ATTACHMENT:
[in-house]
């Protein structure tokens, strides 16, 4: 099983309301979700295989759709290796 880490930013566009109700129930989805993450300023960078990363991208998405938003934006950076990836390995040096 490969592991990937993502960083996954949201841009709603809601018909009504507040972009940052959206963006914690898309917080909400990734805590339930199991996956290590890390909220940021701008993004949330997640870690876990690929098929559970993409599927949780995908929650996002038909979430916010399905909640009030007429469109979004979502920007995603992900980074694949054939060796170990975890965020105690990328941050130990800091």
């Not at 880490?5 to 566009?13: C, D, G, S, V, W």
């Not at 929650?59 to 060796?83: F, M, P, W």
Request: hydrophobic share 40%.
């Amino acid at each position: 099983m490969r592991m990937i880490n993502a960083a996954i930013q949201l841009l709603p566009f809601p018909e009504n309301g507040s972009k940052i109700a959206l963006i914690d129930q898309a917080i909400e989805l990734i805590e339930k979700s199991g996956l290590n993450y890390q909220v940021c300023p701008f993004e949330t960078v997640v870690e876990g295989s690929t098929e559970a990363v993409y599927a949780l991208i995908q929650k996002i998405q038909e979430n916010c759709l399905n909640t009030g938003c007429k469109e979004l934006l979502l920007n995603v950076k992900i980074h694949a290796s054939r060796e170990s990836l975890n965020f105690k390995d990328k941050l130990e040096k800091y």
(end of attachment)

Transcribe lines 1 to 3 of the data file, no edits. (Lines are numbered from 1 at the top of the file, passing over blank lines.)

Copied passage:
[in-house]
């Protein structure tokens, strides 16, 4: 099983309301979700295989759709290796 880490930013566009109700129930989805993450300023960078990363991208998405938003934006950076990836390995040096 490969592991990937993502960083996954949201841009709603809601018909009504507040972009940052959206963006914690898309917080909400990734805590339930199991996956290590890390909220940021701008993004949330997640870690876990690929098929559970993409599927949780995908929650996002038909979430916010399905909640009030007429469109979004979502920007995603992900980074694949054939060796170990975890965020105690990328941050130990800091």
């Not at 880490?5 to 566009?13: C, D, G, S, V, W």